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Territoriality in Contemporary Islamic Legal Discourse

Dār al-Islām Revisited. Territoriality in Contemporary Islamic Legal Discourse on Muslims in the West

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 Territoriality In Contemporary Islamic Legal Discourse
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Sarah Albrecht
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No matter how diverse the conceptions of territory endorsed by a wide range of ʿulamaʾ, intellectuals, and activists may be, the previous chapters have shown that the idea of framing the world in terms of religiously defined territories remains an important element in the Islamic discourse on Muslims in the West.

Irrespective of how and where they draw the boundaries of  dār al-islām and other territorial categories, representatives of the most  diverse trends in contemporary Islamic thought give particular weight to the  territorial question in their approaches to Muslim life and Islamic normativity in Western societies. Al-ʿAlwānī, for instance, describes it as one of the “crucial questions” to be addressed in the discourse on Muslims in North America.1

 Ramadan similarly calls it “a thorny problem” in contemporary Islamic legal discourse.2 Auda ascribes to it “a strong impact on the ‘contextualization’ of Muslims in the west.”3 And al-Qaraḍāwī, when legitimizing his concept of a fiqh for Muslims in minority contexts, emphasizes that there is no greater dif-ference between two places than “between dār al-islām and what lies outside of it.”4 Critics of minority fiqh, such as Asif Khan, similarly emphasize the importance of the underlying conception of territories by exposing it as one of the key points of contention.5

Besides that, the fact that the territorial sta-tus of Western countries has been discussed at various conferences hosted by  Islamic organizations since the beginning of the legal discourse on Muslims in the West indicates that it is not only of concern to individual fuqahāʾ, but also a matter of debate in scholarly and activists’ circles.6

worth discussing on prime time tv, when the producer of the popular religious talk show “Shariʿa and Life” (al-Sharīʿa wa-l-ḥayāt), broadcast by the Arabic sat-ellite channel al-Jazeera, decided in April 2010 to dedicate a whole session to the topic of “Islamic Legal Scholars and the Division of the World” (al-Fuqahāʾ wa-taqsīm al-ʿālam).9

In view of the significance ascribed to geo-religious boundaries in current Islamic discourse the question arises of how the diverse conceptualizations of territoriality endorsed by Muslim scholars, intellectuals, and activists are reflected in, and impact on, their Islamic legal approaches to Muslims in the West. In other words, why and how do territorial classifications matter at all in the world of the 21st century? What difference does it make if the West is located inside dār al-islām or outside it?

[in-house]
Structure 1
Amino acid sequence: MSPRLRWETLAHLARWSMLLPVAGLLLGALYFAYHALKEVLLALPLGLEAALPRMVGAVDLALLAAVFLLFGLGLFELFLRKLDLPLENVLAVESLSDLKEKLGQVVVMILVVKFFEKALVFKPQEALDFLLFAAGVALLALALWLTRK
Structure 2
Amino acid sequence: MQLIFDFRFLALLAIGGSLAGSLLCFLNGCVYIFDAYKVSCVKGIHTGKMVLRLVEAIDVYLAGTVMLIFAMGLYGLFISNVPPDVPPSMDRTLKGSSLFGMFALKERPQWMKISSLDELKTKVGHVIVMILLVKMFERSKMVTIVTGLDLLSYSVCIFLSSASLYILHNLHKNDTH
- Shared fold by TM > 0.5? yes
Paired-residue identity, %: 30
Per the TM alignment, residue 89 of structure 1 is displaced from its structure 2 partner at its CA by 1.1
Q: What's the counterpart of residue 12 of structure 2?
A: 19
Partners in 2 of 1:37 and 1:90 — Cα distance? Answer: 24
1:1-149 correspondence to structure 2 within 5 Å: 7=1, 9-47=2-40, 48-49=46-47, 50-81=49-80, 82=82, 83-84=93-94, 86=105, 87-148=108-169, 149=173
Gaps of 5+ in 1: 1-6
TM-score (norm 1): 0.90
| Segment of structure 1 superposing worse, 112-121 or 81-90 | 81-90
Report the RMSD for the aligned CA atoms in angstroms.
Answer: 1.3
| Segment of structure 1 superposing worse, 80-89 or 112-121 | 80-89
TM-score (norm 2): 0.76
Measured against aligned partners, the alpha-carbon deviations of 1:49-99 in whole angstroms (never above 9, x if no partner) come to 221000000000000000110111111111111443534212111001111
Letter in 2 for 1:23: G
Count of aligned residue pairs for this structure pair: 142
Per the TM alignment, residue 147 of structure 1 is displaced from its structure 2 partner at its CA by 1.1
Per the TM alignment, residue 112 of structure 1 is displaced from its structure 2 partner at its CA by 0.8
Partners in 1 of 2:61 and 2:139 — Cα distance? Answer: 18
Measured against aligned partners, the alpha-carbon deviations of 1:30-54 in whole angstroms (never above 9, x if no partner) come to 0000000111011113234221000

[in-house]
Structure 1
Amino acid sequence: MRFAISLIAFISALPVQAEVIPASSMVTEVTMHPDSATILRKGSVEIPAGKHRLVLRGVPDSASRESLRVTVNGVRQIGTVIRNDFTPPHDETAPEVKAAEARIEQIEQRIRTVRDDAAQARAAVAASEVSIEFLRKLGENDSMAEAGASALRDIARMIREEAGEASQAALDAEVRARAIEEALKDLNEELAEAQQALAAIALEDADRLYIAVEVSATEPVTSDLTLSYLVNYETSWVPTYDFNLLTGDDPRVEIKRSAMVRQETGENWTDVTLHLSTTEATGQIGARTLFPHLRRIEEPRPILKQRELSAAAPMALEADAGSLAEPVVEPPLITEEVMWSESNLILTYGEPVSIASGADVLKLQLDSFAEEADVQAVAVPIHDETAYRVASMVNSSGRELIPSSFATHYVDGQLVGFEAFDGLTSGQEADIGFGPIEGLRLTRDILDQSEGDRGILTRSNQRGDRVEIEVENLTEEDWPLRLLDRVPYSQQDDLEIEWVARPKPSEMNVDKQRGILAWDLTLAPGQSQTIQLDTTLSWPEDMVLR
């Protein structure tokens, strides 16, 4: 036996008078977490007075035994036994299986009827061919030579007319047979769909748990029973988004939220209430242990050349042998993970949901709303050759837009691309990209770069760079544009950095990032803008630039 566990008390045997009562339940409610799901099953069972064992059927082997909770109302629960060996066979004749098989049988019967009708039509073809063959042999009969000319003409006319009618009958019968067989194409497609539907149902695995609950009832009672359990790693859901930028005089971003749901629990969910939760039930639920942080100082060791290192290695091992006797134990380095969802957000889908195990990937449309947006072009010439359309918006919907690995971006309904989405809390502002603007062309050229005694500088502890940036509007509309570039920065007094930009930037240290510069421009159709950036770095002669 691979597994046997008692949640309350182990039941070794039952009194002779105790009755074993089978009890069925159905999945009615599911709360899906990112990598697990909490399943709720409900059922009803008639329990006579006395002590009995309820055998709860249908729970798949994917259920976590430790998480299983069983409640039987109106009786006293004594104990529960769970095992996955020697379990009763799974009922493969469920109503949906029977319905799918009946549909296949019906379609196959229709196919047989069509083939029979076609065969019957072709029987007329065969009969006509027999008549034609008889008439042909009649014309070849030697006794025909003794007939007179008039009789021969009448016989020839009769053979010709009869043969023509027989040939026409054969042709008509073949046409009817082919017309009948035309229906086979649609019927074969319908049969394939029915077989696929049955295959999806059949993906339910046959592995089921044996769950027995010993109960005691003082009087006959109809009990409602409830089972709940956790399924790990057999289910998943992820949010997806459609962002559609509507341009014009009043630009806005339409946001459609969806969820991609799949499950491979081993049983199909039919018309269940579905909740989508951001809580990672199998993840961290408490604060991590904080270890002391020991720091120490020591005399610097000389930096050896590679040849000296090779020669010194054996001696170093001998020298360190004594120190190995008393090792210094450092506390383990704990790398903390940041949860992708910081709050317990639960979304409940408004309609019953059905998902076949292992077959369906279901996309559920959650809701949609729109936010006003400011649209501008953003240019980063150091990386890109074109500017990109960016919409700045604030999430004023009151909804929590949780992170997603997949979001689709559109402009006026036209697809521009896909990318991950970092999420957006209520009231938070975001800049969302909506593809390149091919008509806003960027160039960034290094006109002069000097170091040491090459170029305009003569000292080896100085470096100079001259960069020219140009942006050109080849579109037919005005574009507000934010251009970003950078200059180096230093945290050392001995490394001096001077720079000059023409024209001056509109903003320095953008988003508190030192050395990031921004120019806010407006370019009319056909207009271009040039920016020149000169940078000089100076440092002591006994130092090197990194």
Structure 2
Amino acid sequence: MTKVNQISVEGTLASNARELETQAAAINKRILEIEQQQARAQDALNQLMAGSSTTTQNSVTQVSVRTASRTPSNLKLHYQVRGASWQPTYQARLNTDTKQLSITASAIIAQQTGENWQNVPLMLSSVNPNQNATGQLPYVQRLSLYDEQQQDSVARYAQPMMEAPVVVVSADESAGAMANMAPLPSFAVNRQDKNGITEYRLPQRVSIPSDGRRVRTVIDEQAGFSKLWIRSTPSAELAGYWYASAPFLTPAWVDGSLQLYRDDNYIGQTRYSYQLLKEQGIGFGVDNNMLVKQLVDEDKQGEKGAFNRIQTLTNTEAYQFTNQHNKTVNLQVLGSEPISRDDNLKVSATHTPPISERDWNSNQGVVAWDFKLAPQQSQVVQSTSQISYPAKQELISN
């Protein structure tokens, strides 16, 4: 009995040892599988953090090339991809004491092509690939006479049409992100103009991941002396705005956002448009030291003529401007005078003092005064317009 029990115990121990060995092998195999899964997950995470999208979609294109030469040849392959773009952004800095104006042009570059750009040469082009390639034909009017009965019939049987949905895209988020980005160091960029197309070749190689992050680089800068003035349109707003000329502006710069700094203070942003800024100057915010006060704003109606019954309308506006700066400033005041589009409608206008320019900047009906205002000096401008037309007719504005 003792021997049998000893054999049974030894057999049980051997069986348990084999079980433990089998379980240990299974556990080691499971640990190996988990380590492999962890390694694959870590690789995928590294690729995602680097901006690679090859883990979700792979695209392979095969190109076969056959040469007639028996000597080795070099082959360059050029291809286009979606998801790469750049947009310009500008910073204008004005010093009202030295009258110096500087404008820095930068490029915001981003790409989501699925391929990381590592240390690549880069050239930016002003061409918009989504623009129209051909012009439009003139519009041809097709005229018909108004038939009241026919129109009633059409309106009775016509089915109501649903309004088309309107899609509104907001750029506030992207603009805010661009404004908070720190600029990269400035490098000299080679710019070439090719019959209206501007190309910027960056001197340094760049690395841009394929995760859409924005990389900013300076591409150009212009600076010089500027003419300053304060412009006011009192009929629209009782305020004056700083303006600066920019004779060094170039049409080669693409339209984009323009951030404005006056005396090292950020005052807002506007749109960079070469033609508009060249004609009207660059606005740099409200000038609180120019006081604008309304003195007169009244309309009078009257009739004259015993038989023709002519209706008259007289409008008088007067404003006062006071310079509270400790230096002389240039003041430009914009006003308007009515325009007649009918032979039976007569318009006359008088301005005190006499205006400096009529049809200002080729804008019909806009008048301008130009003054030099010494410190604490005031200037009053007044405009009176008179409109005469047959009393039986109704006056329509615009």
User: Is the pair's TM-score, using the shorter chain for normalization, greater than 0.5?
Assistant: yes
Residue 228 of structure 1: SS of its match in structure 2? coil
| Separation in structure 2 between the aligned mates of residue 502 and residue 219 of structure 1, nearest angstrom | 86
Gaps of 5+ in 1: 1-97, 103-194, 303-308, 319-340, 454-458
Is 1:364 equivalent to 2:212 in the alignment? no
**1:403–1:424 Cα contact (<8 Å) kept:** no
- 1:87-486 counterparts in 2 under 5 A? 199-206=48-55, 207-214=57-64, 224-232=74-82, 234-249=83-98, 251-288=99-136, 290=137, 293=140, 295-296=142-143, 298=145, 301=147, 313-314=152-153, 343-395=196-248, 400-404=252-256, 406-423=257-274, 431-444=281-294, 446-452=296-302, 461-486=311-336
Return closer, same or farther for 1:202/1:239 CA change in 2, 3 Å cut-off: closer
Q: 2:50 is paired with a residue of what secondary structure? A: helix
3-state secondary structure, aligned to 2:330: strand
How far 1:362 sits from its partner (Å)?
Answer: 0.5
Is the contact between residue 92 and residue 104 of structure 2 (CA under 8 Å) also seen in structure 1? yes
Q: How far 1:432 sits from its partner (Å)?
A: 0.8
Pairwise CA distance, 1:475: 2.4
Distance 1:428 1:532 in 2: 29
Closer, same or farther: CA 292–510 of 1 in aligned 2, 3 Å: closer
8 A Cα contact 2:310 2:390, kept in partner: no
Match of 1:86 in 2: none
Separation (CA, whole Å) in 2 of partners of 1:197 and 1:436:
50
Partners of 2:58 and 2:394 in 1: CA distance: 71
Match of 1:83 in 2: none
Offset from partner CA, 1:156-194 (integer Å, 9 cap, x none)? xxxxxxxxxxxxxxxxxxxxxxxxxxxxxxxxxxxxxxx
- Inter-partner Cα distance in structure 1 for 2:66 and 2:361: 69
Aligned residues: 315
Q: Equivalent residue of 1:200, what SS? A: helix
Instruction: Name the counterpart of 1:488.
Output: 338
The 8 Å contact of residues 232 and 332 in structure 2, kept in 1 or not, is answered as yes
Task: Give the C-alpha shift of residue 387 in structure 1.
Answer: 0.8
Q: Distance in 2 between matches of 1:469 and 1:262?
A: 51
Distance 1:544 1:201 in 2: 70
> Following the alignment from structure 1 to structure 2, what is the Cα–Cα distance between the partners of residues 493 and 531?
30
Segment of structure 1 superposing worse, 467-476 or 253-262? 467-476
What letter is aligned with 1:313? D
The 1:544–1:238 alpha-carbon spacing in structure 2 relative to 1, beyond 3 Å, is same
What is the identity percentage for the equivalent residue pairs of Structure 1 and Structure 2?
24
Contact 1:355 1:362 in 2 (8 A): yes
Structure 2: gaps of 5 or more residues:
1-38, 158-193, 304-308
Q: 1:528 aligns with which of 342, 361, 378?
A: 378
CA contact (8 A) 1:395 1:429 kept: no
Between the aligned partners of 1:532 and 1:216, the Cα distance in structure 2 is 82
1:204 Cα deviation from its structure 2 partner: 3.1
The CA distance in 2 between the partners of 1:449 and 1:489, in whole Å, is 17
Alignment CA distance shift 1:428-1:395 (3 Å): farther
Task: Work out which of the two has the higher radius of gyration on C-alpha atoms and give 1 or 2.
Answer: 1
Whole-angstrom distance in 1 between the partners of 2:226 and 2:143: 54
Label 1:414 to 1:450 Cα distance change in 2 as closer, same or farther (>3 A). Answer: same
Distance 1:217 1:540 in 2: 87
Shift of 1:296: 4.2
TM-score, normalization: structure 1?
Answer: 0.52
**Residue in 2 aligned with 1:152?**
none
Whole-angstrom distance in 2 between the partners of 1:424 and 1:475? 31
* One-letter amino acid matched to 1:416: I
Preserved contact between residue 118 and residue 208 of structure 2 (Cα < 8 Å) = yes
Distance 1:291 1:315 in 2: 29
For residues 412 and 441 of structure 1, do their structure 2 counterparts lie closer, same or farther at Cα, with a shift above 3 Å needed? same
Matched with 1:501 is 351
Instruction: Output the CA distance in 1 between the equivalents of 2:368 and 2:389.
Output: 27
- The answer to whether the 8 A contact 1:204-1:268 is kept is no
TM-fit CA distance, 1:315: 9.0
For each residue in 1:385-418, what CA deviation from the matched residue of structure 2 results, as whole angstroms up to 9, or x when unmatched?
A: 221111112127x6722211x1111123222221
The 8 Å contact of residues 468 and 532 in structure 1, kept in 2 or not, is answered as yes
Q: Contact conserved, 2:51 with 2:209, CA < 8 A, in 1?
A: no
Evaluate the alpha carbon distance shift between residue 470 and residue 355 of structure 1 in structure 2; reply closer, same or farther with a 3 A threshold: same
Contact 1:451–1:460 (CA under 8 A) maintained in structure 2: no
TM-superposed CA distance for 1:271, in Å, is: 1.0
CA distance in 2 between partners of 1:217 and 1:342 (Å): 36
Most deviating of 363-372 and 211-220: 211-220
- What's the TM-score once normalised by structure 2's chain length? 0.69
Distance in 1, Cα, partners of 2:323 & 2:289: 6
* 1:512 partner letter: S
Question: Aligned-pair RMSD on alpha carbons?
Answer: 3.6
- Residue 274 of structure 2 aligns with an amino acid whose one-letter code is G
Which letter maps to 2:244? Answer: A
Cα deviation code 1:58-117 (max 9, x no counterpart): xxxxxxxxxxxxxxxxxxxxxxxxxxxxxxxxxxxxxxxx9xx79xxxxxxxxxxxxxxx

In order to make sense of the implica-tions territorial concepts have for the discourse on Muslims in the West, Part 3 of this study considers key questions in which territoriality plays a crucial role. First, Chapter 8 explores normative debates about whether Muslims may live permanently in Western countries, whether they have to abide by the law in force in those countries and how to interpret Islamic norms in that context. Finally, Chapter 9 looks at how the various conceptualizations of territory im-pact on the legitimization of religious authority and on identity construction in the ongoing discourse on Muslims in the West.

Territoriality, Residence, and Legal Interpretation in the West

When Muslim scholars started in the late 1980s to engage more intensively in debates about how to interpret Islamic norms for Muslims living in Western Europe, the question of the legitimacy of residence in the West was one of the fundamental issues, if not the core issue, to tackle.

Are Muslims allowed to live in countries ruled and primarily inhabited by non-Muslims? Is it permitted according to the shariʿa to stay permanently in a country considered by some as a “territory of unbelief” (dār al-kufr), and by others as a “territory of treaty” (dār al-ʿahd)? In order to establish their legal approaches to Muslims in the West, scholars such as al-Qaraḍāwī and al-ʿAlwānī first had to prove that there was no doubt that residence in Western, predominantly non-Muslim countries was permissible from an Islamic legal perspective. This challenge may, in fact, be seen as the starting point of the debates on minority fiqh and as the catalyst that triggered current discussions about the reconceptualization of the tradi-tional dār al-islām/dār al-ḥarb binary.1

As the historical overview in Part 1 of this study has demonstrated, this cor-relation is not a novum, for debates about territoriality have always been in-trinsically linked to questions related to residence and to the interpretation of the shariʿa in lands under non-Muslim jurisdictions. Although the present-day debate was sparked by an unprecedented demographic and geo-political situation – i.e., the presence of millions of Muslims in Western countries –, it needs to be kept in mind that these questions have been renegotiated and redefined throughout Islamic history.